Adults

Everyone Can Run!

Presented by the Syracuse Chargers Track Club and hosted by the JCC of Syracuse, this FREE six-week program is designed to take you from walking to running! Everyone Can Run Beginners’ Program is a free training program lead by Greg Tuttle, a USATF certified coach.

Join us Wednesdays from 5:30 to 6:30 pm at the JCC. Classes begin February 7 and continue February 14, 21, 28 and March 6, 13.

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Adults

Generations

By Barbara Davis

We moved to Syracuse in 1969.  I was working at OCC and my husband was a graduate student at SU.  I was pregnant with our first child and was worried about childcare.  “You have to go to the JCC,” insisted my colleague, Professor Nancy McCarty.  “It’s the best.”  One did not argue with Nancy McCarty, and she was correct.  It was the best, and my daughter thrived in an excellent program that seemed to do everything right.  Naturally, my second child went to the JCC (on Genesee Street then) as did my third.  They learned to swim in the indoor pool and went to Camp Friendly in the summer, as did most of their friends.  

When, a generation later, my daughters established their own families in Central New York, there was no doubt where they would send their children for preschool.  By then, the JCC had moved to DeWitt.  By the time my youngest grandchild was born, the JCC even had an infant care program.  So six more young members of my family enjoyed the benefits of the JCC’s outstanding preschool.

Mine is not an exceptional story.  There are many families who have enrolled several generations of children in the JCC, drawn by a program that for decades has been at the forefront of quality, child-focused, reliable and accessible care for infants, toddlers and preschoolers.  The indoor pool is a memory, but now there are playgrounds and a gym and gymnastics, sports,  music, dance and karate.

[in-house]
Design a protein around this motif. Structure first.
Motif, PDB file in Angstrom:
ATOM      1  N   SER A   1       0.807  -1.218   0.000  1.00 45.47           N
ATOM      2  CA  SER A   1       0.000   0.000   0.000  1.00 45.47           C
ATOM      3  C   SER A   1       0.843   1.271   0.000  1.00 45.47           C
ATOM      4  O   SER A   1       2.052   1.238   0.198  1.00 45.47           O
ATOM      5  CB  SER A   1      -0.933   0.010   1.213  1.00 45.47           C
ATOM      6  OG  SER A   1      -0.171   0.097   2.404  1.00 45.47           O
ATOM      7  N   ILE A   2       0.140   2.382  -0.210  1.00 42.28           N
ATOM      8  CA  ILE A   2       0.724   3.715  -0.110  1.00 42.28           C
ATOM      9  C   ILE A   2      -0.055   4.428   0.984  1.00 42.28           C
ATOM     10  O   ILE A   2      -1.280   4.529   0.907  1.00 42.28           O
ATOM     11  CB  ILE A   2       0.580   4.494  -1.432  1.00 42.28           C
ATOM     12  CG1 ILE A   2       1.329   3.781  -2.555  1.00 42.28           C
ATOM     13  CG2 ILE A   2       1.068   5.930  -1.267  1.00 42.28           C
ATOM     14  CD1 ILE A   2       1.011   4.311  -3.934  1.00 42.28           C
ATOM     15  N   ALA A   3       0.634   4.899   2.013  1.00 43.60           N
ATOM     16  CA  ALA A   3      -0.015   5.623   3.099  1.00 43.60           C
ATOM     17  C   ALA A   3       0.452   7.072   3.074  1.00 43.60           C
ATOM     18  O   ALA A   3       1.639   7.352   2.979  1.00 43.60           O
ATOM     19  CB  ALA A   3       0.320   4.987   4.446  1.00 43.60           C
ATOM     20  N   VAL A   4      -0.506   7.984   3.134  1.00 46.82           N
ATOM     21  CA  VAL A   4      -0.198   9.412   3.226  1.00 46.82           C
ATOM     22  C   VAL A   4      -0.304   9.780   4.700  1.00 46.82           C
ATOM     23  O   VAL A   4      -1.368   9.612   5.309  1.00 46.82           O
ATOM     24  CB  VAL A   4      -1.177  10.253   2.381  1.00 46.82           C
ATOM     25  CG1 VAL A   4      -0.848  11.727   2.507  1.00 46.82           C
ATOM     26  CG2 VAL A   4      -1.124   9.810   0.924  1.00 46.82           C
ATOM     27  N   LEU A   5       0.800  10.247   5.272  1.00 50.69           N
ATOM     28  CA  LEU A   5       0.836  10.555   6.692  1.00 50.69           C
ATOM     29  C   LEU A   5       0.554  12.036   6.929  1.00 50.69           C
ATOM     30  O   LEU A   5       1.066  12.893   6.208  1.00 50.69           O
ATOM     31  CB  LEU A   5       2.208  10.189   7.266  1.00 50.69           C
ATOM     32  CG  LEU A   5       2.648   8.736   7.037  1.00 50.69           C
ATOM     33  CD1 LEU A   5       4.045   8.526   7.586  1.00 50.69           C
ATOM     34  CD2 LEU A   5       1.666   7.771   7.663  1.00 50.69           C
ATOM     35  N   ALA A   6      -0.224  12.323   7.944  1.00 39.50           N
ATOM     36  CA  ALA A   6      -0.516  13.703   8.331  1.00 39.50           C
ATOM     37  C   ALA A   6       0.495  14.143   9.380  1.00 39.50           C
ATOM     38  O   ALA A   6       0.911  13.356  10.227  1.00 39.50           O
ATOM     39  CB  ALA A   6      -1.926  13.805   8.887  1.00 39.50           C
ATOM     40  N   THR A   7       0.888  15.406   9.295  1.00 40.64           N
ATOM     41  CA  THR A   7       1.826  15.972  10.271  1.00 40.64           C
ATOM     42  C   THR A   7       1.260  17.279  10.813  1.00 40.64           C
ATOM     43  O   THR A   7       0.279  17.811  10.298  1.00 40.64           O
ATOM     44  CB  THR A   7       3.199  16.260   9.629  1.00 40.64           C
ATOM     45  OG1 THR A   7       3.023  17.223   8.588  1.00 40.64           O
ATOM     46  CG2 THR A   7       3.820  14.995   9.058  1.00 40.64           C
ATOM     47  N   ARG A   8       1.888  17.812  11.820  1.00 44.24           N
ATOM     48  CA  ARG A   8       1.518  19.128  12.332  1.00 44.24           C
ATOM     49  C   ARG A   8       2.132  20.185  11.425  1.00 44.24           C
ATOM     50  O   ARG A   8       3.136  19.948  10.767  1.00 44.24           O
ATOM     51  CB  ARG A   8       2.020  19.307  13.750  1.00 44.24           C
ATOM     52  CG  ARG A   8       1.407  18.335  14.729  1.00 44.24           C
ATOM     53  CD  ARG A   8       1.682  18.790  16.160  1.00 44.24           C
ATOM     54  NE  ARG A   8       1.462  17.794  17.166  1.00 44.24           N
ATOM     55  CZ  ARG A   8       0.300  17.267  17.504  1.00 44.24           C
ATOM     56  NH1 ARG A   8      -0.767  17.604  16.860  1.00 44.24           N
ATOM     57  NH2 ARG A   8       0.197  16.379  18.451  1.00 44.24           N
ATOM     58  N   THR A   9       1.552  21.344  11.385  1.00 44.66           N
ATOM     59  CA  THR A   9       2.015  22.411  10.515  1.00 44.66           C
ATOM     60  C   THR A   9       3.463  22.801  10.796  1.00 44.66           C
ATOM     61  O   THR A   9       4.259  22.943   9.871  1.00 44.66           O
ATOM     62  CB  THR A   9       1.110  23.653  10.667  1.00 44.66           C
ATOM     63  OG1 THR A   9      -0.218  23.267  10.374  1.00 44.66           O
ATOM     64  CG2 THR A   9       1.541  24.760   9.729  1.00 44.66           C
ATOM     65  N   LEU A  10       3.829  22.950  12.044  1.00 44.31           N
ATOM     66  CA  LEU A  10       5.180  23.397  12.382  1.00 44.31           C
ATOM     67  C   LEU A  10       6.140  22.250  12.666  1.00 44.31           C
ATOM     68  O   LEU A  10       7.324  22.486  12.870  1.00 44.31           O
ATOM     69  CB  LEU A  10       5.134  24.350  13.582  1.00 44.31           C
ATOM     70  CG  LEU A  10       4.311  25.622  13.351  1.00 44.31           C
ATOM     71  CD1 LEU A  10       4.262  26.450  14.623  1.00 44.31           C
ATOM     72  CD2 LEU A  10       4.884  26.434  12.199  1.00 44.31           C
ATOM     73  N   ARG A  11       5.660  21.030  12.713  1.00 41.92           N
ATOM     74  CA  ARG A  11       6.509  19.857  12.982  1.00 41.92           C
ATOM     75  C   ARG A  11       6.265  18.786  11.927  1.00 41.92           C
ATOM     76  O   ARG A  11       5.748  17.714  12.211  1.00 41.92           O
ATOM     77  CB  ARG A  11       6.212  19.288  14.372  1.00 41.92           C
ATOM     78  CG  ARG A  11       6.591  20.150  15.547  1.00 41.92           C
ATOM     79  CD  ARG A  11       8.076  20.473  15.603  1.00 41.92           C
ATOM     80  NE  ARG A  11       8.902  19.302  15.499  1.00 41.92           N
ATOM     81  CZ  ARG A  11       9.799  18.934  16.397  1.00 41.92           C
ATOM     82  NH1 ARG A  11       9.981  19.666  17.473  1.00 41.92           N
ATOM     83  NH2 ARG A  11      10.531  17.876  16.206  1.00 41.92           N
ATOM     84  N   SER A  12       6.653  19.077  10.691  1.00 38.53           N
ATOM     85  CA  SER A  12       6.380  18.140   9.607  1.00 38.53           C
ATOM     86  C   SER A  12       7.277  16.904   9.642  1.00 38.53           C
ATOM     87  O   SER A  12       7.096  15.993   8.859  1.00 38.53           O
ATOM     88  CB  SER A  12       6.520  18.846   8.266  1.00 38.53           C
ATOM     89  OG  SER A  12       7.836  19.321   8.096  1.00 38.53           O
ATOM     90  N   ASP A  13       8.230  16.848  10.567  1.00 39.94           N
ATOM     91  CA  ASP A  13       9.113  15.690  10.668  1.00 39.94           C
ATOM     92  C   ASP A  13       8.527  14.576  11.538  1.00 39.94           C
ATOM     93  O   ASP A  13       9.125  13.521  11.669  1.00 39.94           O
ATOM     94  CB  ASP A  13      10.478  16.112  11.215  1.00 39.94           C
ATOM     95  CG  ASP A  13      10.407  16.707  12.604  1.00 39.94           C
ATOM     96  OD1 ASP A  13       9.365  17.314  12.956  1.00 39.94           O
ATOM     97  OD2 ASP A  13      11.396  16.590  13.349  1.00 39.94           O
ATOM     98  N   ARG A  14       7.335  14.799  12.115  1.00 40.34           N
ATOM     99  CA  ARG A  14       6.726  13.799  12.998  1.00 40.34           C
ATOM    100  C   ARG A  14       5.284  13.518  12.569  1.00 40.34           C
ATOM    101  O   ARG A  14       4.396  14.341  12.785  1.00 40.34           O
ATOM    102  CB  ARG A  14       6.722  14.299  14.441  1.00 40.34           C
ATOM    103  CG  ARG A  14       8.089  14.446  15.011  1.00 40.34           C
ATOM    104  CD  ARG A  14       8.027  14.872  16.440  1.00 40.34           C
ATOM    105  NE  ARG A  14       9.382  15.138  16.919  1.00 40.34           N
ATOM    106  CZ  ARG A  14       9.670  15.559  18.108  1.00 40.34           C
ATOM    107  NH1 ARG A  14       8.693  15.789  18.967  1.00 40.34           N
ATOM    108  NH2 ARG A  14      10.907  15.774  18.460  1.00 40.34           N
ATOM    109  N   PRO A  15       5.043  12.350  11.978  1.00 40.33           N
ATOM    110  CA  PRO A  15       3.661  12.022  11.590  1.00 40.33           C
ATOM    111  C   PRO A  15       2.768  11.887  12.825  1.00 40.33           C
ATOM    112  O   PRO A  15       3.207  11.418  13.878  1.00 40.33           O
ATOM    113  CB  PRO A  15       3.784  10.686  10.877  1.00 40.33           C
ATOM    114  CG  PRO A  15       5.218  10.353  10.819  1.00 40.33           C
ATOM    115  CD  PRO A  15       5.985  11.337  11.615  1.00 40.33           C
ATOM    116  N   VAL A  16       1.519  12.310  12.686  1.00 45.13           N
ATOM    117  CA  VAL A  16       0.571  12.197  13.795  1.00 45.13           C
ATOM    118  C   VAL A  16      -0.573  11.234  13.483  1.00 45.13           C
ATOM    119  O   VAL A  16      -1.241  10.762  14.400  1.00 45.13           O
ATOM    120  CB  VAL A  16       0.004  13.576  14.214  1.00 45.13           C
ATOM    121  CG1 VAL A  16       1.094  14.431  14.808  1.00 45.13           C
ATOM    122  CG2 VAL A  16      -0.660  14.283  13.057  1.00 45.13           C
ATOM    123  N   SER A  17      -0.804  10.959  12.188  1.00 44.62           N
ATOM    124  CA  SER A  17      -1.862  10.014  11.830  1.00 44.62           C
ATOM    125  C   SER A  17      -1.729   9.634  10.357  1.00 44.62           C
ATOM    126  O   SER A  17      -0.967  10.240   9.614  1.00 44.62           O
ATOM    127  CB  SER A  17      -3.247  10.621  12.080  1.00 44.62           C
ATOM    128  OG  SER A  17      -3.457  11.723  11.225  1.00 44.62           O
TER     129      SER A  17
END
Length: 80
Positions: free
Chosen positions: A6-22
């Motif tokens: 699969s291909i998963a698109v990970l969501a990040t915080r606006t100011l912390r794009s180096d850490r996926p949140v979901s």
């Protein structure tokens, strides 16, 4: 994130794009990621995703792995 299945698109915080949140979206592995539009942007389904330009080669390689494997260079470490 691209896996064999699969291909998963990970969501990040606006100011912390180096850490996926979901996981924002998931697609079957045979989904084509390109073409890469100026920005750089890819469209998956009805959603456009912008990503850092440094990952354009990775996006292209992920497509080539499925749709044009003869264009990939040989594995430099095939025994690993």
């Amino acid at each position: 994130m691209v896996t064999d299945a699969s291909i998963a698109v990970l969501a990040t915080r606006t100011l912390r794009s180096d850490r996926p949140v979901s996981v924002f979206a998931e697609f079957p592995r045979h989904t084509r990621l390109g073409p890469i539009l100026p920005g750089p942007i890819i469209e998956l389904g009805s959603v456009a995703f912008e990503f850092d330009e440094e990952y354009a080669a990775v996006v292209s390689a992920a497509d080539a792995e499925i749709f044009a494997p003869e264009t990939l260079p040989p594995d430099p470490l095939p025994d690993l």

The JCC’s executive director, Marci Erlebacher, recently held a meeting of the Center’s board of directors and, looking around the room, realized that three of her board members had attended the Center’s Early Childhood Development Program when they were small.  Now they were serving in a leadership capacity for the organization and enrolling their own children in ECDP. 

Federation board chair Neil Rosenbaum’s daughter recently had a baby.  Returning to work when her daughter was 6 months old was made much easier by the fact that quality care was available for her at the JCC on a schedule that accommodated her workday.  Selecting the JCC’s Early Childhood Development Program was a no-brainer.  Not only was it the best program, but it was the same one she and her three siblings had attended when they were little.  It was like coming home.

These are just a few of the examples of the generational impact of Syracuse’s Jewish Community Center.  In addition to providing quality childcare, the Center is home to three of the community’s most important Jewish institutions: the Jewish Federation, the Jewish Community Foundation and the Syracuse Hebrew Day School.  It also offers the only kosher senior lunch program in upstate New York and administers the PJ Library Program.  At various times in the past, the J has also housed the Jewish War Veterans, the Epstein School, the Syracuse Community Hebrew School, a Sephardic high holiday congregation and the nascent Shaarei Torah congregation.